Read to your child. Start early and do it often.
I know that sounds preachy. That’s because I’m shouting from the high pulpit! The research has been done and the evidence is clear. Reading to kids helps with their development in many, many ways. Any teacher will tell you that the children who enter school with regular exposure to literacy have a significant advantage over those who don’t.
On top of all that, reading to your child is fun! I have been reading to Hannah since shortly after she was born and some of my most enjoyable memories come from lying on the mat next her with a good book. Hannah is now eight months old, and when I pull a book down from her shelf her eyes light up. She reaches out to grab the book so that she can hold it and take in the front cover and, almost always, she makes loud excited sounds. Often, as I turn the pages, Hannah decides that she will read first. She takes the book in both hands and enthusiastically makes her entire range of sounds as her eyes flick excitedly from one part of the picture to another. When I’m reading (especially if it is a book with animal sounds or funny voices), her head rapidly turns from the book to me and back to the book. Reading together often elicits squeals of delight. We don’t read together every day, but we do it more often than not.
Reading is not a scheduled part of our routine, although we do try to sneak a book in before we begin the bath-time rituals. There are many, many times when we lie down to read a book and Hannah decides she’d much rather play with a toy. That’s okay, the book can wait. There are also many times when we get half way through a book (or even only a couple of pages) before Hannah rolls away in pursuit of the closest power point (seriously, she loves power points). That’s okay too, she doesn’t need to finish every book she starts. My point is, don’t let reading become a chore for you and your child. We read together often, but in a way that is fun, relaxing and engaging for both of us.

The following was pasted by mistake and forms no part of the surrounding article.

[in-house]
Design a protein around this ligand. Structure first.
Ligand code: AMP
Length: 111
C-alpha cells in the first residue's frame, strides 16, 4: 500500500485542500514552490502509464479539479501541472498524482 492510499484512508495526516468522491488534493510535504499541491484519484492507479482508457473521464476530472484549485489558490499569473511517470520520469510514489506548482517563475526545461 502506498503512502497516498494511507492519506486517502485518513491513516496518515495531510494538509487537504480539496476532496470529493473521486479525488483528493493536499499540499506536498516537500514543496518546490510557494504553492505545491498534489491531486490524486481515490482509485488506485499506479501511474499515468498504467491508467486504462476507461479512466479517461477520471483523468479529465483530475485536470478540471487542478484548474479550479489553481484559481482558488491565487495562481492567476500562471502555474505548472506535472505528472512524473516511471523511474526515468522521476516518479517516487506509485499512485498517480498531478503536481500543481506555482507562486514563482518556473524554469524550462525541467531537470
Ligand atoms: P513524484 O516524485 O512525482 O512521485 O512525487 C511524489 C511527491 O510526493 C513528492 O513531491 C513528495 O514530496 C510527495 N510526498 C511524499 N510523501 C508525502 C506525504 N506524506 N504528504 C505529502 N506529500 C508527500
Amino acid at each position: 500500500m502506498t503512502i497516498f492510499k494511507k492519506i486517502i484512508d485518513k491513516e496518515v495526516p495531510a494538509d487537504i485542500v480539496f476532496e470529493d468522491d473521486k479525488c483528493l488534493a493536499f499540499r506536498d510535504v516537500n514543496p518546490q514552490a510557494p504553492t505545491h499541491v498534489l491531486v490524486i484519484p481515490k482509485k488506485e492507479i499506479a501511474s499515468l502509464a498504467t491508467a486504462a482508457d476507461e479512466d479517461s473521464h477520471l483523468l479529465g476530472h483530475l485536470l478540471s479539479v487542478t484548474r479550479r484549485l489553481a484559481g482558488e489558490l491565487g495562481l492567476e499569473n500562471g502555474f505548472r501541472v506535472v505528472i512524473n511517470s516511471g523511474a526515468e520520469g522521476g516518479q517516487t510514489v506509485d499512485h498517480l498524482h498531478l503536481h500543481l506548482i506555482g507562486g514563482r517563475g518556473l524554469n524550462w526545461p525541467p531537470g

If you are a parent who is interested in reading to your baby but you don’t know how to get started, there are some good tips in the Age-by-age Guide to Reading to Your Baby over at parents.com. The main thing to understand is that anything you do in the early years to expose kids to enjoyment through reading is better than doing nothing.
Not sure what books to read? The following is a list of some favourites that sit on Hannah’s bookshelf. Stay tuned for the more in-depth reviews.
Top 6 Books for Babies (0-1)
The Gruffalo – Julia Donaldson
Hairy Maclary from Donaldson’s Dairy – Lynley Dodd
Who Sank the Boat – Pamela Allen
Diary of a Wombat – Jackie French
I Went Walking – Sue Williams
Where the Wild Things Are – Maurice Sendak
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